1. Because your concept ONE Person who is all alone with no one beside them has the potential to keep the concept of self alive in consciousness. Belief in self is the antithesis of emptiness.

2. Because your concept of ONE Person who is all alone with no one beside them does not address clearly and directly the absolute nature of things which is that they are caused.

3. Because your concept of the universal line has the potential to keep the concept of linear time and space alive in consciousness. Belief in time and space veils the eternal nature of causation. Perhaps your use of the concept of the universal line is caused by your attraction to painting which makes sense since painting begins and ends with line-making.

My counter, feel free to counter:

"I" am the Causality, empty of self, absolute (whole) of cause. Whatever I cause returns to me instantly as effect. When I am ignorant of my omnipresent causal nature, and instead believe I am a separate subject or a separate object or a part of God or part of the universe, my instant effects return to me in darkness and ignorance, as if self against self or part versus part. When I am unaware that I cause all effects NOW, I suffer my sense of separation from NOW.

When I am wise that I am the Causality empty of self, absolute (whole) of cause, I am also wise that you are the Causality empty of self, absolute of cause. Should we communicate, I am aware of your ignorance or wisdom as to your true nature as the Causality. I am also aware that it is my responsibility to awaken you to your true nature as the Causality according to your ability to hear and understand. If you show no signs of readiness, I cease the communication.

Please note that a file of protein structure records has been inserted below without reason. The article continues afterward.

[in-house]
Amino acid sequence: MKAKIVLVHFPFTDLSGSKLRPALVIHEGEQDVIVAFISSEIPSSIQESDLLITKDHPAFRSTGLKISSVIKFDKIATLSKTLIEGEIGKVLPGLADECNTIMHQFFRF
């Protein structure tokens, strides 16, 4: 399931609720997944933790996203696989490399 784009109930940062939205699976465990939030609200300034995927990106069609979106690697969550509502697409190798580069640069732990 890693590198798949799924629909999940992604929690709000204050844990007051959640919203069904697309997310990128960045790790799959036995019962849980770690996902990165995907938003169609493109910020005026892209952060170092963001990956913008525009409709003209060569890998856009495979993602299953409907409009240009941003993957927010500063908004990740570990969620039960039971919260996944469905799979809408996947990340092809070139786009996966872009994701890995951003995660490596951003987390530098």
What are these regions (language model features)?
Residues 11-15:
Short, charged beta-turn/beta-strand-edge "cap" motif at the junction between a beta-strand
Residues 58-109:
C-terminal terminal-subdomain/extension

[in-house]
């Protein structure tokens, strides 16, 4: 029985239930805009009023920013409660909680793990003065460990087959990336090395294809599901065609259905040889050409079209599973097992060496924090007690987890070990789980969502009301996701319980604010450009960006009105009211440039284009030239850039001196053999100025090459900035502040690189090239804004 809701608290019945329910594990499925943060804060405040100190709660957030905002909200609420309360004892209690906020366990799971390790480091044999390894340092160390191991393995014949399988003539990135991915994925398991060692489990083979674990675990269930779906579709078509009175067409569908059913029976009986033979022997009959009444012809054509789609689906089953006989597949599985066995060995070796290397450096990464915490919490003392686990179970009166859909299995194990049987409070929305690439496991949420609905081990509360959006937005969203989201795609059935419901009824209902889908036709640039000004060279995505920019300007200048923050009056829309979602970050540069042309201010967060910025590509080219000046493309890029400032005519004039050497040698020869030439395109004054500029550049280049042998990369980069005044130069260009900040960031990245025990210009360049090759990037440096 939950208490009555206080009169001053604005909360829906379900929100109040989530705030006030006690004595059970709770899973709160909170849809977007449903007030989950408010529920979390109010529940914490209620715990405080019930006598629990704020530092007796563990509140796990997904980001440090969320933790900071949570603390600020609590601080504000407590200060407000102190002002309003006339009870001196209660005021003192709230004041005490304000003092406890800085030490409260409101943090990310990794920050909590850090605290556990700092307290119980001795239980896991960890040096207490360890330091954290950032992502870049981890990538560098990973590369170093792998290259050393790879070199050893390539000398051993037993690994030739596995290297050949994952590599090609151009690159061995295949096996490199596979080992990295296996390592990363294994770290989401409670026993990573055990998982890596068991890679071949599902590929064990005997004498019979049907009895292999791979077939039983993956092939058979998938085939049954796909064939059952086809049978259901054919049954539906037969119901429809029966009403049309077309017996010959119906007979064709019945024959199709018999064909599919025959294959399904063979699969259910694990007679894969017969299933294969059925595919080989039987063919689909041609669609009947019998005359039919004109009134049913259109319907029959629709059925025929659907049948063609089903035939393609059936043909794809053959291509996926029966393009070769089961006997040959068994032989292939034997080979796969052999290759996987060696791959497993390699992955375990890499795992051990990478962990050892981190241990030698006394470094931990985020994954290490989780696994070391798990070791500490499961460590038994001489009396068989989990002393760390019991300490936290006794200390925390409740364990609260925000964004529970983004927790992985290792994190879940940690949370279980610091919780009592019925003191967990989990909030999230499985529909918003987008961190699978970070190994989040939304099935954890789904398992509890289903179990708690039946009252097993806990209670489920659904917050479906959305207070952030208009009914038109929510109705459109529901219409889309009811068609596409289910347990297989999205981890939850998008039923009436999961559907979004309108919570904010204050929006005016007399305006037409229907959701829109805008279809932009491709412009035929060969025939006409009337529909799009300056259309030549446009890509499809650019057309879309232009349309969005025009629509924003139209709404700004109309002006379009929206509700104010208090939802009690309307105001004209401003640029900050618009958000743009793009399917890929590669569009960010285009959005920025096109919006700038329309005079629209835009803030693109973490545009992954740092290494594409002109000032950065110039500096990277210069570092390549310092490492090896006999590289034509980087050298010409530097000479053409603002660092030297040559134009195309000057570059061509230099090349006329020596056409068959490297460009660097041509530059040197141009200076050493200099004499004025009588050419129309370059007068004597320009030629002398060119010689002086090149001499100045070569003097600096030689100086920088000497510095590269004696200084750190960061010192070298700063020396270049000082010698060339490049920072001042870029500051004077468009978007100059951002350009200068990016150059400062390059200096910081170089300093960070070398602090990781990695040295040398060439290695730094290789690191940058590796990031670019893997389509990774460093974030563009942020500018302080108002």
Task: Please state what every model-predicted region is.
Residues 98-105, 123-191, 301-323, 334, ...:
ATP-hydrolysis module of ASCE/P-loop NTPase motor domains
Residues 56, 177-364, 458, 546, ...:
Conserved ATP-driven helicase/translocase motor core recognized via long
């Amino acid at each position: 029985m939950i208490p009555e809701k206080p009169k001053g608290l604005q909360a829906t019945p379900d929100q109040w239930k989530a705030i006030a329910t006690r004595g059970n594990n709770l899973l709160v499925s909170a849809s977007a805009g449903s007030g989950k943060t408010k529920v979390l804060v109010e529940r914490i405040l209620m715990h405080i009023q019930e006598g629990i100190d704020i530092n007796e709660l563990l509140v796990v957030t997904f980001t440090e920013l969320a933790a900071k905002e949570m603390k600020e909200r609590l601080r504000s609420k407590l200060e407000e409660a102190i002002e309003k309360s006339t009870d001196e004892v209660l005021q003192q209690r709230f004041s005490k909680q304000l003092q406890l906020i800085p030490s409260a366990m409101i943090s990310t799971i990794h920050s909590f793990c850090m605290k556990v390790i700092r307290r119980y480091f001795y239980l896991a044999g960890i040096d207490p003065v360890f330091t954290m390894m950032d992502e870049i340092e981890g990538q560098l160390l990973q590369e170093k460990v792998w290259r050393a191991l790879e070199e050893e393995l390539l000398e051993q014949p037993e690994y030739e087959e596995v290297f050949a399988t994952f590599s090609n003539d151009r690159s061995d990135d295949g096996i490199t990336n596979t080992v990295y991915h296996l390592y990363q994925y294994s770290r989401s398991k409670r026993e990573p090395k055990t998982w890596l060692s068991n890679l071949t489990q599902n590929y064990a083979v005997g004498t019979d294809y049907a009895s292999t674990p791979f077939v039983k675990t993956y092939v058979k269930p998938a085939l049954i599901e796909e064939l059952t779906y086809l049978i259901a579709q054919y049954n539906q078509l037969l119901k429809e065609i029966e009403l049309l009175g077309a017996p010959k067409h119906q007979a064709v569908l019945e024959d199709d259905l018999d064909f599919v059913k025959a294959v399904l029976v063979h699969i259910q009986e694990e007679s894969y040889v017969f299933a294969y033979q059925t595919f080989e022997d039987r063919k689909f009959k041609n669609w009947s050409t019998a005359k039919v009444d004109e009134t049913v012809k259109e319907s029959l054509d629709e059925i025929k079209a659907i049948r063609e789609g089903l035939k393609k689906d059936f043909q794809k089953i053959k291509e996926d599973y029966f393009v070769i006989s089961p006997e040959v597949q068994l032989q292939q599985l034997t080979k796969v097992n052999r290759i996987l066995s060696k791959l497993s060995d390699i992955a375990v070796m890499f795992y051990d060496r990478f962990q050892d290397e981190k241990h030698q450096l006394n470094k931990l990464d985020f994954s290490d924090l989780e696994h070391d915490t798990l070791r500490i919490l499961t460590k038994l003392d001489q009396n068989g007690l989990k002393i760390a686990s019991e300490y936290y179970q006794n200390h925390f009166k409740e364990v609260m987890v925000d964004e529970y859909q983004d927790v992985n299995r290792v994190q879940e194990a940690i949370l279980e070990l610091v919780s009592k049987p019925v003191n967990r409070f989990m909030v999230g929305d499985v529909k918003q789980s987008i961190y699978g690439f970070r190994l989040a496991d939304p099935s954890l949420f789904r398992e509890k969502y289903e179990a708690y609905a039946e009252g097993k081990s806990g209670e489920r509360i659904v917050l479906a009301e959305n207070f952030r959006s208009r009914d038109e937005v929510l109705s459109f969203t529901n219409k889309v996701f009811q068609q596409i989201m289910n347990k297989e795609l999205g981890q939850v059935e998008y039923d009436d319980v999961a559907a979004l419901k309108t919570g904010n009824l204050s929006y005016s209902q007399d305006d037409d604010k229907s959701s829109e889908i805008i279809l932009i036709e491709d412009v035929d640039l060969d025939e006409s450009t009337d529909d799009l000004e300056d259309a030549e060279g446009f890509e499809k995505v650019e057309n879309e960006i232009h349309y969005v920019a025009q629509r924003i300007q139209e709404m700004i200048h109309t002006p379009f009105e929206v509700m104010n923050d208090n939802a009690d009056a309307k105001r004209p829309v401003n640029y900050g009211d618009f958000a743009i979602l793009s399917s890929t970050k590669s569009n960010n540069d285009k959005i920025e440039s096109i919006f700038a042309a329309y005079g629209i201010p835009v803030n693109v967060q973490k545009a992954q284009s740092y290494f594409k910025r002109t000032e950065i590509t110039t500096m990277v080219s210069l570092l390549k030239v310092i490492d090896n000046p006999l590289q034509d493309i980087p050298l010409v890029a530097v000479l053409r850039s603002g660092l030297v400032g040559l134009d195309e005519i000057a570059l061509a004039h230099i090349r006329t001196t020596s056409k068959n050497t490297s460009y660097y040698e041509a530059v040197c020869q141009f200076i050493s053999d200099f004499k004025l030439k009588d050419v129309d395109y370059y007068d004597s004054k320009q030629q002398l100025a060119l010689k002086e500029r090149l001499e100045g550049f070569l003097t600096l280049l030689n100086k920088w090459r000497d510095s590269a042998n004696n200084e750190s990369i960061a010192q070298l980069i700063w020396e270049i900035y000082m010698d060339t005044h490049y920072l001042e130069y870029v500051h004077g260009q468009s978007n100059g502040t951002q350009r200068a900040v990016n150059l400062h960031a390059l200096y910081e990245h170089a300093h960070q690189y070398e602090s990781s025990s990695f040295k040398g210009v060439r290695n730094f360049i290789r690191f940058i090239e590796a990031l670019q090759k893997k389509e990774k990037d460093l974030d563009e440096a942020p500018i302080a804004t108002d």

In keeping with the integrity of the subject of this thread and with my comment about suffering the speaking of emptiness, consciousness is an effect of causation and in reading your vision of the ONE Person all alone with no one beside you making or not making a universal line caused in me a suffering to make visible a clearer vision as I know it to be. Whether or not I accomplished this remains to be seen. :-)

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Re: The nature of consciousness

Post by JohnPaolucci » Thu Aug 11, 2016 3:30 am

[[[ 1. Because your concept ONE Person who is all alone with no one beside them has the potential to keep the concept of self alive in consciousness. Belief in self is the antithesis of emptiness.